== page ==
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chromatic (983)

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Wednesday October 22, 2008
11:46 PM

Maybe We're Doing Concurrency Wrong in VMs

[ #37716 ]

I want to have multiple units of work scheduled and running in parallel with well-defined separation but specific and well-declared points of communication between them. I want preemption, memory protection, an abstract view of the underlying machinery and hardware, statistics, tuning, and a sane extension mechanism. Why does that sound familiar? Maybe it reminds me of something else you might find in computer science.

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  • What are Operating Systems?

    - Stevan

    • Nailed it in one. I haven't figured out how an optimizer and a JIT work with this approach, however.

      • Then you haven't looked at the AS 400 operating system.

        It works like this. There is a virtual machine that sits on the regular machine. The operating system sits inside the virtual machine, as do the programs. When programs run that have not been optimized, they get recompiled to machine code, but this action and the result is not visible from inside the virtual machine.

        • Thanks for the reference. I think it might be different though because I don't want to replace the operating system, and because I'm considering concurrency pervasive even at the expression level.

          • While that is a cool abstraction, I think that for real performance, that is the wrong direction to go. There is a non-trivial minimum overhead to having a new process, and at some point at the expression level you'll find that parallelizing introduces more overhead than you're saving.

            For parallelizing "simple" code what you really, really would like to do is to turn it into vector operations that can operate in parallel on blocks of data. And then you want to try to offload that to a specialized vector p

            • There is a non-trivial minimum overhead to having a new process...

              At the OS level, sure -- you need a new process struct, new page tables (even only to mark pages as COW), a new stack pointer, a new register backing store, and new process-local storage.

              You don't need most of that in a VM, and you don't have that strict kernel/userspace divide. If you're clever, you can even use a smart generational garbage collector where most objects are free.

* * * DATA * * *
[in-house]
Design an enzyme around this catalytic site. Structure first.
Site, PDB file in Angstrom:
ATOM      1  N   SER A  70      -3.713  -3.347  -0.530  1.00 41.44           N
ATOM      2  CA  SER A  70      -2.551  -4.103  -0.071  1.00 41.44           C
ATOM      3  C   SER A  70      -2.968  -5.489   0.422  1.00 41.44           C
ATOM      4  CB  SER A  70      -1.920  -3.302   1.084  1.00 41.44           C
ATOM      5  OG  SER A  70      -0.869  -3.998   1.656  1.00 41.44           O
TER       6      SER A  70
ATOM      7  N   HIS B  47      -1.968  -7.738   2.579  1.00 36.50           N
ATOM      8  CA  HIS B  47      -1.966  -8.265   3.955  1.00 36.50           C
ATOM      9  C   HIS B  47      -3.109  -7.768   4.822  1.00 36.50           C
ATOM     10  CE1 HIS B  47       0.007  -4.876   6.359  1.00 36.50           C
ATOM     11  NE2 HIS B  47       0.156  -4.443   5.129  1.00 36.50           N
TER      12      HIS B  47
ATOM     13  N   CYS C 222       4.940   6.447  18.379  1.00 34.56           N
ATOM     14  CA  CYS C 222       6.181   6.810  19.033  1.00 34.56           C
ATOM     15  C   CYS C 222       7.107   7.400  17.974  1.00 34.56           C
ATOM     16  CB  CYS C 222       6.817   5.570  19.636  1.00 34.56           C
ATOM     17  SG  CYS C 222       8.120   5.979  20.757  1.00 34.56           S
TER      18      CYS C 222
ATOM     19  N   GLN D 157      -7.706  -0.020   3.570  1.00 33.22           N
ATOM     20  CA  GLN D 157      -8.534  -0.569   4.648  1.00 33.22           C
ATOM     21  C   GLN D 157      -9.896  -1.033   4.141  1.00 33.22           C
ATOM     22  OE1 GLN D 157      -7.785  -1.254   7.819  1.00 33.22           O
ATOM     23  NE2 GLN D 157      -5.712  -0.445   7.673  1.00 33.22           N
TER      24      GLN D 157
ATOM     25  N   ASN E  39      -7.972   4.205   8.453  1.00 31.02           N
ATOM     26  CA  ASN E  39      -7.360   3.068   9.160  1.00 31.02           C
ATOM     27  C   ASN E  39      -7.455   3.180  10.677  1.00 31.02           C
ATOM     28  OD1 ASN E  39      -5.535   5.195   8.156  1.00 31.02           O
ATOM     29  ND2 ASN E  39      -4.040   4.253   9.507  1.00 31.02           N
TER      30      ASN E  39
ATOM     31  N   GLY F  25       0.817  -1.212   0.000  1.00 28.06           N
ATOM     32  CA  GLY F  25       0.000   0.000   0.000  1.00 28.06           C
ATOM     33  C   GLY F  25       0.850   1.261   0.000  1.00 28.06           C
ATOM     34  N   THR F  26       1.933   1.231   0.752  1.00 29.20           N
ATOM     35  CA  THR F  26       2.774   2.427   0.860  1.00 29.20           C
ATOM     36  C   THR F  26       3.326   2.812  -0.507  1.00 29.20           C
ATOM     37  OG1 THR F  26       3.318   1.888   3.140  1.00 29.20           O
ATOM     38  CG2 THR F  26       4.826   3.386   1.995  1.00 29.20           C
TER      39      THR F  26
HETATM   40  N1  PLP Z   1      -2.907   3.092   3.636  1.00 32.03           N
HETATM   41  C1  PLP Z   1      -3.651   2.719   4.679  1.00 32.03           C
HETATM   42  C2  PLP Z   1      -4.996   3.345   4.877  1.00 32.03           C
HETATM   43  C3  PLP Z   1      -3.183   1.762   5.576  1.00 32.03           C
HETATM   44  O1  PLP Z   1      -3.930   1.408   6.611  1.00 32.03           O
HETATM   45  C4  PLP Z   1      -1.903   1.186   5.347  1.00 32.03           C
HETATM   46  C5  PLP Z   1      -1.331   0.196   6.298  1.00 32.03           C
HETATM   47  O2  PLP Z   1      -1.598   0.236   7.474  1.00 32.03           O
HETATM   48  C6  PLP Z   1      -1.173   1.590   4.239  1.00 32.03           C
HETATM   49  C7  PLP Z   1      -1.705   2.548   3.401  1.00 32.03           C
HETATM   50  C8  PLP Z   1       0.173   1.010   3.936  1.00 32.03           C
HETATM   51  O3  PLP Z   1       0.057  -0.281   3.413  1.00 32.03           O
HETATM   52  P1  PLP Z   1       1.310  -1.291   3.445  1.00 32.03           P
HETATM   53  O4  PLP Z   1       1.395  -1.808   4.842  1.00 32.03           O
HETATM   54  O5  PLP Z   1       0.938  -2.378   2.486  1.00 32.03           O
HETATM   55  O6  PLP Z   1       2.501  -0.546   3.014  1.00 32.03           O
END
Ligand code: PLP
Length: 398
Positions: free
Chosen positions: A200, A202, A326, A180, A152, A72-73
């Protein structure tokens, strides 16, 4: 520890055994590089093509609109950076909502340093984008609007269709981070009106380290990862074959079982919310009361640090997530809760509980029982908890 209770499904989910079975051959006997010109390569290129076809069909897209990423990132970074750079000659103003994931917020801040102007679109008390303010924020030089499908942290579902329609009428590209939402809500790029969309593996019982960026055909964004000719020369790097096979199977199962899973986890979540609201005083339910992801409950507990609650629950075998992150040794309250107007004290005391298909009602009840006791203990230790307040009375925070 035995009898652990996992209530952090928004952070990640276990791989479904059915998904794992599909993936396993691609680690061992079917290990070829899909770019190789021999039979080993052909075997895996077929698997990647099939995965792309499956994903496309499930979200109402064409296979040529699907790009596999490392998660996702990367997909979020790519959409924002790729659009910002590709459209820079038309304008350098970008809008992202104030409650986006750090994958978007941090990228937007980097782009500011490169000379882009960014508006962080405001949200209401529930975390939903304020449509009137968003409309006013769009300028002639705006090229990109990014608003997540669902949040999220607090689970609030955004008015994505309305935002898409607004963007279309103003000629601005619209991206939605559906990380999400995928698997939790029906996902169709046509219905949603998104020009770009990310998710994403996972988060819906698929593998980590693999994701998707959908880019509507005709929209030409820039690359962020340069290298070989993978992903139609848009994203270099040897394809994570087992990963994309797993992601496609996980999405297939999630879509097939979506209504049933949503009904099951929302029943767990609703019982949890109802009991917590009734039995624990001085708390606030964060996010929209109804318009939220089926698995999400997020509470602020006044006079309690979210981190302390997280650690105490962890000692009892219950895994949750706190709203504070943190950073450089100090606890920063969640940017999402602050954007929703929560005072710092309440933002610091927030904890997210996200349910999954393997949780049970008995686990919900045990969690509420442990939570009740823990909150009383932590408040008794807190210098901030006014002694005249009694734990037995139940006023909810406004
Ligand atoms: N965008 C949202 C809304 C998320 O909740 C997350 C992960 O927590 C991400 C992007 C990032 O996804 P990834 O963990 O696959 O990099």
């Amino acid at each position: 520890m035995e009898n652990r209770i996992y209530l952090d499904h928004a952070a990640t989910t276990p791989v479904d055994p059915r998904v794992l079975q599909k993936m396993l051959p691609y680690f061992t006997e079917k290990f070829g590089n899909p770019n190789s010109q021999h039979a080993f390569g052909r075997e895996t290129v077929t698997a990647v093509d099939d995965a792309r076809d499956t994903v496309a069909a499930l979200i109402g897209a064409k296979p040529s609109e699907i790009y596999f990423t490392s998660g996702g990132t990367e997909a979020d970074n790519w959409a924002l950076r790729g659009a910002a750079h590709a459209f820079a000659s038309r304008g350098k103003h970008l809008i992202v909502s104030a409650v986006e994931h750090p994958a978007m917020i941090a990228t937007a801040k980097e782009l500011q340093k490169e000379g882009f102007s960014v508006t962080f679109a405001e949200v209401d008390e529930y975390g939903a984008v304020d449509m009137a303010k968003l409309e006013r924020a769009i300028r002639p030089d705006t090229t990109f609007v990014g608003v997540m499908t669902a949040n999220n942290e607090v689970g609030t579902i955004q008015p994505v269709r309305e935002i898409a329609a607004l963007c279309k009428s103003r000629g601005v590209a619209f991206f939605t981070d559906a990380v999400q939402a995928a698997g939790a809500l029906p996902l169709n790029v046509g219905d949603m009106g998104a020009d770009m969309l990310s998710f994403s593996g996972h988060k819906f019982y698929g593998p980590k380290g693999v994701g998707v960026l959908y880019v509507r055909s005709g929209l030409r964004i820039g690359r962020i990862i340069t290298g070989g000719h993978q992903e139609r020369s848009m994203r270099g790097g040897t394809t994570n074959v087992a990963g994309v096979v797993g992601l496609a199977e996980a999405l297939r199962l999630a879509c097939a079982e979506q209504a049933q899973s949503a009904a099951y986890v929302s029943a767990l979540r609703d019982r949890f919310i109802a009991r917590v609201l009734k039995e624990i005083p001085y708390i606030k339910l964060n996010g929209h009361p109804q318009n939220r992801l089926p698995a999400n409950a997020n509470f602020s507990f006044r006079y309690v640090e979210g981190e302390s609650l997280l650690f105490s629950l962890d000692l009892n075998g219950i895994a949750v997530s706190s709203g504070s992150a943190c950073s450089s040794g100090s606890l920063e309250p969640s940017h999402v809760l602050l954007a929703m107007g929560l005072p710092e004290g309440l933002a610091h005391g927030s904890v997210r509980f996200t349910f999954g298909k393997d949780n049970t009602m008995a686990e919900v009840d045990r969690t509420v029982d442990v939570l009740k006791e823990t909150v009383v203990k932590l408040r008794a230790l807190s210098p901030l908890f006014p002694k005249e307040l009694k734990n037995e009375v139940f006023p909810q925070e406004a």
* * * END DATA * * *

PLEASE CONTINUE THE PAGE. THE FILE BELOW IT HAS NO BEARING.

That strategy is not appropriate for general purpose code...

              • In the AS/400 operating system they don't need a lot of that stuff either. :-) Seriously, why not have every process use the exact same address space when there is no possible way to address a memory location that you haven't been given access to?

                But that said, you still do need to have overhead. At a minimum you need to keep track of all of the "processes", be able to schedule them, and remember when 2 parallel pieces share a variable versus not sharing a variable. (If you parallelize a loop, and a lexi

              • The Haskell people tried parallelism at the expression level, which works even better for them because of side effects containment, but they found just what Ben said. The problem is that strong data dependencies between nearby locations permeate code at the micro scale while introducing potential for debilitating overhead. The algorithm really has to be designed with parallelism in mind, as Ben said; what the language can do is provide a very easy way to declare a desire for parallelism explicitly while hid

                • Did the Haskell people write a paper about that? I'd like to read it. (You can solve more of the data dependency problem if you use a register machine and use a smart register allocator to identify dependencies... though the algorithm to calculate expected call graphs through a compilation unit may be somewhat hairy.)

                  • I’m afraid I do not know. I got that from a talk I watched about concurrency in Haskell. Unfortunately I do not remember where I saw the link, or when or where it was given, or by whom, and I hardly remember any of the details of the concurrency sugar they created and why that design was chosen. These assertions about no free concurrency lunch (which I think the speaker briefly went into based on an attendee question, not as part of the prepared talk) were the only bit that really stuck with me.